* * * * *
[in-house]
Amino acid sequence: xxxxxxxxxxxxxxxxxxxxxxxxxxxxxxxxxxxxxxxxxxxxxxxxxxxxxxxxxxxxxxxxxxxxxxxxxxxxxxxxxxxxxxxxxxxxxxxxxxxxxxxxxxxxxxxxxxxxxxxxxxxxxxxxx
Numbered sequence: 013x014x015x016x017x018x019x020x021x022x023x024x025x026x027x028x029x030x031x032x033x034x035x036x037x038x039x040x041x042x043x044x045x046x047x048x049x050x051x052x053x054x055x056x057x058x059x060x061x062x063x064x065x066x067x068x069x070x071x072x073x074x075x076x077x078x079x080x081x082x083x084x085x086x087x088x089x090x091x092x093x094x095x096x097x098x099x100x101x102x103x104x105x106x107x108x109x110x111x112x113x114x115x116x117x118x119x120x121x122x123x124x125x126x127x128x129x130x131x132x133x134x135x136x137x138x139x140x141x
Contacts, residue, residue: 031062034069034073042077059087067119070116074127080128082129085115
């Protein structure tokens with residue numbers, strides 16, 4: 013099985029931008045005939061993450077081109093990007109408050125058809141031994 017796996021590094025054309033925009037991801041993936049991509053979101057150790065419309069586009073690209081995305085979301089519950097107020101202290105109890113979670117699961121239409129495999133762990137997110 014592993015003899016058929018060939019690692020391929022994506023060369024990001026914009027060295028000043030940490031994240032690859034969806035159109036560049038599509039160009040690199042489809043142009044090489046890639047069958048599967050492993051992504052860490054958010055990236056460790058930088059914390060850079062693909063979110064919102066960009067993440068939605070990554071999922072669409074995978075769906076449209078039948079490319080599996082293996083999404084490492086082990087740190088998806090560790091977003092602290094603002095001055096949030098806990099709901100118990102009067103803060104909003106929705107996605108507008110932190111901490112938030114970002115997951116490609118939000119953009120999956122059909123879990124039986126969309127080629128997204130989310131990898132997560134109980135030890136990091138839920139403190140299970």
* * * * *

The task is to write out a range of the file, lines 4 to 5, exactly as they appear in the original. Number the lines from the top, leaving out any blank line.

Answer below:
Contacts, residue, residue: 031062034069034073042077059087067119070116074127080128082129085115
């Protein structure tokens with residue numbers, strides 16, 4: 013099985029931008045005939061993450077081109093990007109408050125058809141031994 017796996021590094025054309033925009037991801041993936049991509053979101057150790065419309069586009073690209081995305085979301089519950097107020101202290105109890113979670117699961121239409129495999133762990137997110 014592993015003899016058929018060939019690692020391929022994506023060369024990001026914009027060295028000043030940490031994240032690859034969806035159109036560049038599509039160009040690199042489809043142009044090489046890639047069958048599967050492993051992504052860490054958010055990236056460790058930088059914390060850079062693909063979110064919102066960009067993440068939605070990554071999922072669409074995978075769906076449209078039948079490319080599996082293996083999404084490492086082990087740190088998806090560790091977003092602290094603002095001055096949030098806990099709901100118990102009067103803060104909003106929705107996605108507008110932190111901490112938030114970002115997951116490609118939000119953009120999956122059909123879990124039986126969309127080629128997204130989310131990898132997560134109980135030890136990091138839920139403190140299970």